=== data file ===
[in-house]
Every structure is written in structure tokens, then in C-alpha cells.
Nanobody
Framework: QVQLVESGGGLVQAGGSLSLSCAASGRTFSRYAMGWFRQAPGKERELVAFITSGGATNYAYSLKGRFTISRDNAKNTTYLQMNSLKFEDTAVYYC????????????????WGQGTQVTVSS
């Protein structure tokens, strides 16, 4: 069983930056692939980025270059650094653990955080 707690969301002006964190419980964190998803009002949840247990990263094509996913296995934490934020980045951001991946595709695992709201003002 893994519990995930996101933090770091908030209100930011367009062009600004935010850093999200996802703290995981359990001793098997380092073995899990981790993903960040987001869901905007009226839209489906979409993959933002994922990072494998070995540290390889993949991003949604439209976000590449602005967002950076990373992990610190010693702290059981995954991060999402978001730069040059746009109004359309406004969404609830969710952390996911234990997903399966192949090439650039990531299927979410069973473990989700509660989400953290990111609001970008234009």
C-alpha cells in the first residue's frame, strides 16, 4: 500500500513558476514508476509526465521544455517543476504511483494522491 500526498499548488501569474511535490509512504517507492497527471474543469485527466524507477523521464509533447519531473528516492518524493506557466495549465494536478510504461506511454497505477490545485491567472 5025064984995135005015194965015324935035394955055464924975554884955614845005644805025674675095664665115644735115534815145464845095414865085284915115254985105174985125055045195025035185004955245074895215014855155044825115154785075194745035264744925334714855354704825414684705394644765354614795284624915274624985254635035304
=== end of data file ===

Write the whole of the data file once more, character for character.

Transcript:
[in-house]
Every structure is written in structure tokens, then in C-alpha cells.
Nanobody
Framework: QVQLVESGGGLVQAGGSLSLSCAASGRTFSRYAMGWFRQAPGKERELVAFITSGGATNYAYSLKGRFTISRDNAKNTTYLQMNSLKFEDTAVYYC????????????????WGQGTQVTVSS
């Protein structure tokens, strides 16, 4: 069983930056692939980025270059650094653990955080 707690969301002006964190419980964190998803009002949840247990990263094509996913296995934490934020980045951001991946595709695992709201003002 893994519990995930996101933090770091908030209100930011367009062009600004935010850093999200996802703290995981359990001793098997380092073995899990981790993903960040987001869901905007009226839209489906979409993959933002994922990072494998070995540290390889993949991003949604439209976000590449602005967002950076990373992990610190010693702290059981995954991060999402978001730069040059746009109004359309406004969404609830969710952390996911234990997903399966192949090439650039990531299927979410069973473990989700509660989400953290990111609001970008234009």
C-alpha cells in the first residue's frame, strides 16, 4: 500500500513558476514508476509526465521544455517543476504511483494522491 500526498499548488501569474511535490509512504517507492497527471474543469485527466524507477523521464509533447519531473528516492518524493506557466495549465494536478510504461506511454497505477490545485491567472 5025064984995135005015194965015324935035394955055464924975554884955614845005644805025674675095664665115644735115534815145464845095414865085284915115254985105174985125055045195025035185004955245074895215014855155044825115154785075194745035264744925334714855354704825414684705394644765354614795284624915274624985254635035304